In the good old days when I had time to do fantasy role-playing games, stodgy traditionalists would object that it wasn’t real. Why spend your time on something that isn’t real? This was often said by people who would spend hours watching and discussing football games with approximately the same effect on reality. But I see one great advantage to those fantasy games (and to fantasy literature, for that matter). They don’t pretend to be real.
And thus I turn to the fantasy world of modern politics, in which speeches are written by teams of people who test out turns of phrase and issues on samples of target groups, then place the text on teleprompters to be read by otherwise often incoherent people. The issues emphasized in the politicians’ campaigns are not those the politician things are important. Rather, they are what researchers have determined seem important to the public. The solutions proposed are not those that the politician believes will really work. Instead, they are those that will sound good to a particular constituency.
The controversy about Melania Trump’s speech, with its plagiarized section, bundled the problems of our modern political discourse into one small package. A speaker uses plagiarized lines put there (accidentally) by a speechwriter, and never even recognized by the person presenting the speech. I’m not an apologist for Donald Trump or his campaign, but I can easily understand how this happens. The speech writers doubtless studied speeches by first ladies and potential first ladies for material. You get scraps of this stuff all over the computer, and eventually you drop the wrong one into place. Friends forgive you. Enemies won’t, but they wouldn’t in any case, so it doesn’t matter that much. The media spends huge amounts of time discussing it. Then bloggers like me discuss the whole thing all over again.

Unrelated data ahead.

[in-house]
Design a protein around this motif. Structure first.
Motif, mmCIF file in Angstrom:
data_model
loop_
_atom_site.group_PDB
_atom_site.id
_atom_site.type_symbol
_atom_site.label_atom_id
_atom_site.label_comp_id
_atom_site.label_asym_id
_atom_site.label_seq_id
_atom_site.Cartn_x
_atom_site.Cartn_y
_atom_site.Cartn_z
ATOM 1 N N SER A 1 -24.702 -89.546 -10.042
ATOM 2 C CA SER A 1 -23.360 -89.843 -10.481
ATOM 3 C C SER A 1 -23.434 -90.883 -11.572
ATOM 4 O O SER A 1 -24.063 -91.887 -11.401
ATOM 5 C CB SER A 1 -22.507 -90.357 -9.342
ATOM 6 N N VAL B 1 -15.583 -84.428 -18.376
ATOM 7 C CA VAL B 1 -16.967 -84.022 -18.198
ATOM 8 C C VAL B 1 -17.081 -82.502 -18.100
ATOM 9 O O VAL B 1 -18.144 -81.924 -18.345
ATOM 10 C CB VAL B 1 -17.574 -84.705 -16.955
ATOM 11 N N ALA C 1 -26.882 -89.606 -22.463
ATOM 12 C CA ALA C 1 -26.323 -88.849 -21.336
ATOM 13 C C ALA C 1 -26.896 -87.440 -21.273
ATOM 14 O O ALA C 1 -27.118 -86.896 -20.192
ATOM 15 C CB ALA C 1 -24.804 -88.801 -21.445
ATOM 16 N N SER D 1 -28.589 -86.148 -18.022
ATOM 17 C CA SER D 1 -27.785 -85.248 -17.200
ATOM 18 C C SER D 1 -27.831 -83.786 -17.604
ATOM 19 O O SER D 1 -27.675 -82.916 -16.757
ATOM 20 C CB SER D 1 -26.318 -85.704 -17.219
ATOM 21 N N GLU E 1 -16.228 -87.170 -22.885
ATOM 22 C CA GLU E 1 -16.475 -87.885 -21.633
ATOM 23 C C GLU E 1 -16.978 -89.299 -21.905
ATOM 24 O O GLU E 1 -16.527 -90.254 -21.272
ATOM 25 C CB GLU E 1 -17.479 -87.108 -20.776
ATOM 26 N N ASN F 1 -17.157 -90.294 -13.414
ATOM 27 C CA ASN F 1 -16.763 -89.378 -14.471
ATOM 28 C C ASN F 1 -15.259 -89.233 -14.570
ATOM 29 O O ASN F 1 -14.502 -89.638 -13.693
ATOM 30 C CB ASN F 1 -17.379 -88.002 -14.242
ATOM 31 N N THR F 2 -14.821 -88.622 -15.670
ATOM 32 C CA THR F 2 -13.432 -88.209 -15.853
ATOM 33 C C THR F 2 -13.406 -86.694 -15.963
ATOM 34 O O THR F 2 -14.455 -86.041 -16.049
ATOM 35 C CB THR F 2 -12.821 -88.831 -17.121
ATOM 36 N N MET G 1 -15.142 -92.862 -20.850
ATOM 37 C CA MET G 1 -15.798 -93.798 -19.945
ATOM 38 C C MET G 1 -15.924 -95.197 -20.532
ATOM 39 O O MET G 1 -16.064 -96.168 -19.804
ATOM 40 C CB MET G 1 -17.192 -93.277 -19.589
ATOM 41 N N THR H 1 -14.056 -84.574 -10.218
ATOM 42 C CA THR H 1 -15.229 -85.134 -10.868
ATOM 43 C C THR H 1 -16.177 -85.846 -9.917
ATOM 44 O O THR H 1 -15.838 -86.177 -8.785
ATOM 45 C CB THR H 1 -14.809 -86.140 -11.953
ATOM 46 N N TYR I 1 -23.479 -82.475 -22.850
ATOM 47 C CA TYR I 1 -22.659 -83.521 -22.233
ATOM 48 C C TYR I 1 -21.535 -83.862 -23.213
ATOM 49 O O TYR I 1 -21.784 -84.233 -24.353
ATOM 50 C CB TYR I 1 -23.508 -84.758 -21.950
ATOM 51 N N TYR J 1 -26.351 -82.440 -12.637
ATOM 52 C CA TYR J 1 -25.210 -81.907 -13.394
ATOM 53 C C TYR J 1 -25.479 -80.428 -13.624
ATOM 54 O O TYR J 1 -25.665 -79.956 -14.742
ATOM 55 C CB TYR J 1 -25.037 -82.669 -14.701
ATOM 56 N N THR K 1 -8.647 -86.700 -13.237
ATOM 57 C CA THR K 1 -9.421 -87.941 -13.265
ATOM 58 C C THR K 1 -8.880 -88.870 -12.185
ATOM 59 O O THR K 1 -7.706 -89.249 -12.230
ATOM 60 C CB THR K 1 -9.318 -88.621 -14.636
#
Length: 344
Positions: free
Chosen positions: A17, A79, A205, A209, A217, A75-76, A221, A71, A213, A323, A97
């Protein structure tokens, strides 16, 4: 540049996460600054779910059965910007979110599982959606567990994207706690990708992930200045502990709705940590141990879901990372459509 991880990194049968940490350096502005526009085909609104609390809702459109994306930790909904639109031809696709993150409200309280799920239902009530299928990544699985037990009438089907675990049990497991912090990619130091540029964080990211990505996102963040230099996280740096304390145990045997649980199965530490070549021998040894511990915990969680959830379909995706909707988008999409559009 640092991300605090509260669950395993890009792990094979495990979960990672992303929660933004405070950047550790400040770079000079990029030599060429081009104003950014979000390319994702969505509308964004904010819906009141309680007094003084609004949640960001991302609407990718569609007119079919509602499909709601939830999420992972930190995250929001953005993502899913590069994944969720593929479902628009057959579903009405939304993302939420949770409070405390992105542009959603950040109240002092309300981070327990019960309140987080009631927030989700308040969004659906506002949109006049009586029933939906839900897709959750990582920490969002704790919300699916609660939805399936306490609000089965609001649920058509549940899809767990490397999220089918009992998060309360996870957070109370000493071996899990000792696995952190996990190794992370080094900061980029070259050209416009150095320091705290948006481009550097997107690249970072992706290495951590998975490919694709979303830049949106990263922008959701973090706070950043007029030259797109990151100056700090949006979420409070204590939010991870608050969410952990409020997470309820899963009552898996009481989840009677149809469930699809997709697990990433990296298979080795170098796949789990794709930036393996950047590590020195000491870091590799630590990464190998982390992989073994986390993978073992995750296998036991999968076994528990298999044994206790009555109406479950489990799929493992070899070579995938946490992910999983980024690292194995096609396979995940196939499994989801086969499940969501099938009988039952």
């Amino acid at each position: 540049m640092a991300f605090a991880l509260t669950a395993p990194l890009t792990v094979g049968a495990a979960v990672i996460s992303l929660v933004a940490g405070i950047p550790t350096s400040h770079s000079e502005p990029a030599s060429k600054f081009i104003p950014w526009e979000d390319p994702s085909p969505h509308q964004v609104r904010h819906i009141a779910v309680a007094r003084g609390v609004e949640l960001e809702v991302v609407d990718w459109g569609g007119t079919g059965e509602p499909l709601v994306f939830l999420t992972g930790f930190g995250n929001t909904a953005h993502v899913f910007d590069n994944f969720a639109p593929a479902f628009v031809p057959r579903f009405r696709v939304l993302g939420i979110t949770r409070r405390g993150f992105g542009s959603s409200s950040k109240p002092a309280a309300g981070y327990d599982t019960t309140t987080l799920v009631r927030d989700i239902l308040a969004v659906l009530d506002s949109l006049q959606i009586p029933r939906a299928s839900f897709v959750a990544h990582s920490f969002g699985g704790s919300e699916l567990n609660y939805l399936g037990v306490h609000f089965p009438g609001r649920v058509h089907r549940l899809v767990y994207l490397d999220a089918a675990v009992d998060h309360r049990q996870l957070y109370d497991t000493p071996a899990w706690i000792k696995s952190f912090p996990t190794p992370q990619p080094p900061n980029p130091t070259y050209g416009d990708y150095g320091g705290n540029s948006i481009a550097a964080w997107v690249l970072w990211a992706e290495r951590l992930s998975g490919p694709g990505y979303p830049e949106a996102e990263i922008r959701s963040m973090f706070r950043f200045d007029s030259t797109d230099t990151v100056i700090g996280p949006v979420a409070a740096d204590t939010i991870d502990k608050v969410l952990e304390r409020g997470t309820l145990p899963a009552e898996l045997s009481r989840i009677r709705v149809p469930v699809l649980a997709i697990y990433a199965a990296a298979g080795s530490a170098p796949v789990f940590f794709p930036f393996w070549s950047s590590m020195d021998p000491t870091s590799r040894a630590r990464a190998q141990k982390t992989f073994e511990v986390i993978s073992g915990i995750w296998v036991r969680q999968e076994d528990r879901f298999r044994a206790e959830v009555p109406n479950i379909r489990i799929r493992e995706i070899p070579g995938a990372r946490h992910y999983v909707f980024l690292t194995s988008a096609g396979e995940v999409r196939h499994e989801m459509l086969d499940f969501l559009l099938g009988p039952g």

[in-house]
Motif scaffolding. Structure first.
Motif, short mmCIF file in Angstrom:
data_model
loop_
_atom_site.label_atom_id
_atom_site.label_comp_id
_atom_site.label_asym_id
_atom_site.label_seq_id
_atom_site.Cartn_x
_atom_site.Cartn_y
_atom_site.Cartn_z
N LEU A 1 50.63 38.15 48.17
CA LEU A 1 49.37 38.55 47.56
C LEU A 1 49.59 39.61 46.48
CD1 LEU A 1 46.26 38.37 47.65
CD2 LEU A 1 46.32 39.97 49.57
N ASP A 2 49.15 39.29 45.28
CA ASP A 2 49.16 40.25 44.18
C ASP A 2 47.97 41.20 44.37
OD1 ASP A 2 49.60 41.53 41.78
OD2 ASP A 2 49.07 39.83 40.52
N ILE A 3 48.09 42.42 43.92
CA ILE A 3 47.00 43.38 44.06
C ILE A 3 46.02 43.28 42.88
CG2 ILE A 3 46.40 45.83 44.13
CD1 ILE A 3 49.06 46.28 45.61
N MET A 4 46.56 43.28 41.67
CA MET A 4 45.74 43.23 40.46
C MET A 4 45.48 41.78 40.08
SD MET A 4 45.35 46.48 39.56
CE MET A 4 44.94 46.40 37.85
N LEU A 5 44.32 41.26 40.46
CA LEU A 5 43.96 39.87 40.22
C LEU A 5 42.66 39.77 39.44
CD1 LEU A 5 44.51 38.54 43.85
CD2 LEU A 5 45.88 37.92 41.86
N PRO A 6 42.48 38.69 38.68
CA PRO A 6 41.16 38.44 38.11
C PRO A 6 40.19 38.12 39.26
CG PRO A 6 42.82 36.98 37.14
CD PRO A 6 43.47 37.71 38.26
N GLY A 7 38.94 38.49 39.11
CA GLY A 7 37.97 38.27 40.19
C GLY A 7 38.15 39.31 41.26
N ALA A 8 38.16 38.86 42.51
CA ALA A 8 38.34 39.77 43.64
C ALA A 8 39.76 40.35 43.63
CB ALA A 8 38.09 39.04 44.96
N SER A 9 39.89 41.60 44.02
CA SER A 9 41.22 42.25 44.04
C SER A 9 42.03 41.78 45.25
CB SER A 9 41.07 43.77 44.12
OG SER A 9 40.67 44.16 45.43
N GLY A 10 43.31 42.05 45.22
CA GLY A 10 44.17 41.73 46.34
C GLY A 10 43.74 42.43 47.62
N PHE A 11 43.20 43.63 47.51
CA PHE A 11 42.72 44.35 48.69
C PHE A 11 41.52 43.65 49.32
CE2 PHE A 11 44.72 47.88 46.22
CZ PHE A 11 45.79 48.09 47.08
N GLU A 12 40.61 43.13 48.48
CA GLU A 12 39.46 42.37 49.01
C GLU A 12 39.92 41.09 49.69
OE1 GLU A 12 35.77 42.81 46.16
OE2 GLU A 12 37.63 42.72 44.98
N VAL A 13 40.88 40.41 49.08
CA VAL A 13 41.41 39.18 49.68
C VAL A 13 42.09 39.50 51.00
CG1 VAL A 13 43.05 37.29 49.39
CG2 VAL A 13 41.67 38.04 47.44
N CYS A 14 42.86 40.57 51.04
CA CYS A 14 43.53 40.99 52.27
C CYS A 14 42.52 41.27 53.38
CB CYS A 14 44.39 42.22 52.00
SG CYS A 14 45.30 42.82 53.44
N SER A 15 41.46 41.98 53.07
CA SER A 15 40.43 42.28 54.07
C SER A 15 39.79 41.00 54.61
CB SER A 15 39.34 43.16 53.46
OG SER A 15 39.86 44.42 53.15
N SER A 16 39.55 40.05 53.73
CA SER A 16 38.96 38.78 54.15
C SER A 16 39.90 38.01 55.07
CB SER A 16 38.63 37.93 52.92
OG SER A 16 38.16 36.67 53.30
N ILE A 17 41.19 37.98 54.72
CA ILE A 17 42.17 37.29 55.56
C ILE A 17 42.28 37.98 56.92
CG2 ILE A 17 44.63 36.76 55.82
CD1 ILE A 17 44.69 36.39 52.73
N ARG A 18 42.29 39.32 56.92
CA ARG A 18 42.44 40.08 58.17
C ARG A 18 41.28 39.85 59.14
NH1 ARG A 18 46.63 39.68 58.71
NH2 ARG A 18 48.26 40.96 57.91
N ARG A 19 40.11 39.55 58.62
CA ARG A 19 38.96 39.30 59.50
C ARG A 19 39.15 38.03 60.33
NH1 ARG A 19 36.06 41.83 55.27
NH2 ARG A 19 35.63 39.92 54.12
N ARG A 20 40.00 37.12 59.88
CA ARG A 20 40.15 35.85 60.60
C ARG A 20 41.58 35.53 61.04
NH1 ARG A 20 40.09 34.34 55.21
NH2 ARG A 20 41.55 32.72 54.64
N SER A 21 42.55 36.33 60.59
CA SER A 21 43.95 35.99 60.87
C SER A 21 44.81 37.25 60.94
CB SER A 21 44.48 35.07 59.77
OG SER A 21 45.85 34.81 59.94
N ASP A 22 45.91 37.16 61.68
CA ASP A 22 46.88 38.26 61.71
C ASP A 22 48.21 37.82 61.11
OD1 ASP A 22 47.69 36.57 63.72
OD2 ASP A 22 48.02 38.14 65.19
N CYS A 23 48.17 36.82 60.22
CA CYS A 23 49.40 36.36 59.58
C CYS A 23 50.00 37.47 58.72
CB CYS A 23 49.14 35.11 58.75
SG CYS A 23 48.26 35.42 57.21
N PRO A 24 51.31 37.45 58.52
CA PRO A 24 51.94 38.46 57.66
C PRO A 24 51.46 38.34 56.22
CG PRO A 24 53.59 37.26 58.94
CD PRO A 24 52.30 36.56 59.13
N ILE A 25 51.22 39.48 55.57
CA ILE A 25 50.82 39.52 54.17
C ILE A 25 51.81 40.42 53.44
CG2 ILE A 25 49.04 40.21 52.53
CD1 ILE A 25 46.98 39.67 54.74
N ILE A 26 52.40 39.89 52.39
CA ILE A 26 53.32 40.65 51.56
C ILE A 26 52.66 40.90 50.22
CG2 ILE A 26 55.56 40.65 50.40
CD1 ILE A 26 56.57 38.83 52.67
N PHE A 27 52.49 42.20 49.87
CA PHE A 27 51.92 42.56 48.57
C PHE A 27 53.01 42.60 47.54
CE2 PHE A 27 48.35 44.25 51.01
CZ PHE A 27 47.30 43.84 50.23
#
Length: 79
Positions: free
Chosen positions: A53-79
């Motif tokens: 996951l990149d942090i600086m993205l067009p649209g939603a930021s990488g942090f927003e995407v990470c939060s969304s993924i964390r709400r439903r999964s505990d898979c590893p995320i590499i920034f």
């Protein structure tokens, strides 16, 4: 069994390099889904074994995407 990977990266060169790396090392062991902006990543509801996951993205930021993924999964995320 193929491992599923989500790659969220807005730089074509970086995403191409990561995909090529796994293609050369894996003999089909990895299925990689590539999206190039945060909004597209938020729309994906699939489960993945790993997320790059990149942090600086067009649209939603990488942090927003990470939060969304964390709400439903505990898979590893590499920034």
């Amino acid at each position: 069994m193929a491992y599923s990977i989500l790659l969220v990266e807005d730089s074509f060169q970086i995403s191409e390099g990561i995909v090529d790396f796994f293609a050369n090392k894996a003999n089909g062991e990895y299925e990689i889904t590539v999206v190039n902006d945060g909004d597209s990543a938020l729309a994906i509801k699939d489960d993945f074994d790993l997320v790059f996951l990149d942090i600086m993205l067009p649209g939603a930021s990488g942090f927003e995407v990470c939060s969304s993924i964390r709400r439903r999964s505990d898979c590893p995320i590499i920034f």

I don’t have any idea how close this was because I didn’t listen to or read the speech. I’m not an apologist for Donald Trump; in fact, I can think of huge numbers of things that I dislike about him. This doesn’t make the list.
Why? Because it’s part of that fantasy land that political marketing has created for us, the media propagates for us, and we go ahead and consume, no matter how much we may say we don’t believe the media. Yes, it’s our problem. Even those who most claim that the media is biased frequently let themselves be influenced by it. What they really mean when they say they don’t believe the media, is that they don’t believe it when it contradicts their prejudices. When it supports those prejudices it’s just fine. The people who put in the dollars know how it works. There’s a whole industry (at least one) built on hating the mainstream media.
When I speak, I do so either without notes or with the minimum of notes. I have occasionally used a prepared text, but I didn’t follow it, even though I did write it. Sometimes I have notes to tell me what topics to avoid due to limited time. If a politician wants me to listen to a speech, he or she will have to work in just that way. If your text is prepared, let it be your words. In all cases, let it be your ideas expressed your way. Then I’ll listen. I’m sorry, but in my preferred fantasy universe, speech writers would be out of a job.
I know that no politician can know everything necessary to handling the issues that the president must address. Fine! Let the candidate produce the team members who would talk about those issues, and have them talk about them. “Look,” says the candidate, “I’m not an expert on the middle east, but here’s the person whose judgment I trust most.” It could be sort of like the British shadow ministers, except that it lasts just for the campaign.
In the meantime, folks, politics is a great deal like a marketing campaign for widgets, except that there is no FTC to take the politicians to court for false advertising. In that atmosphere, a couple of plagiarized paragraphs might manage to be as important as one H2O molecule in the ocean.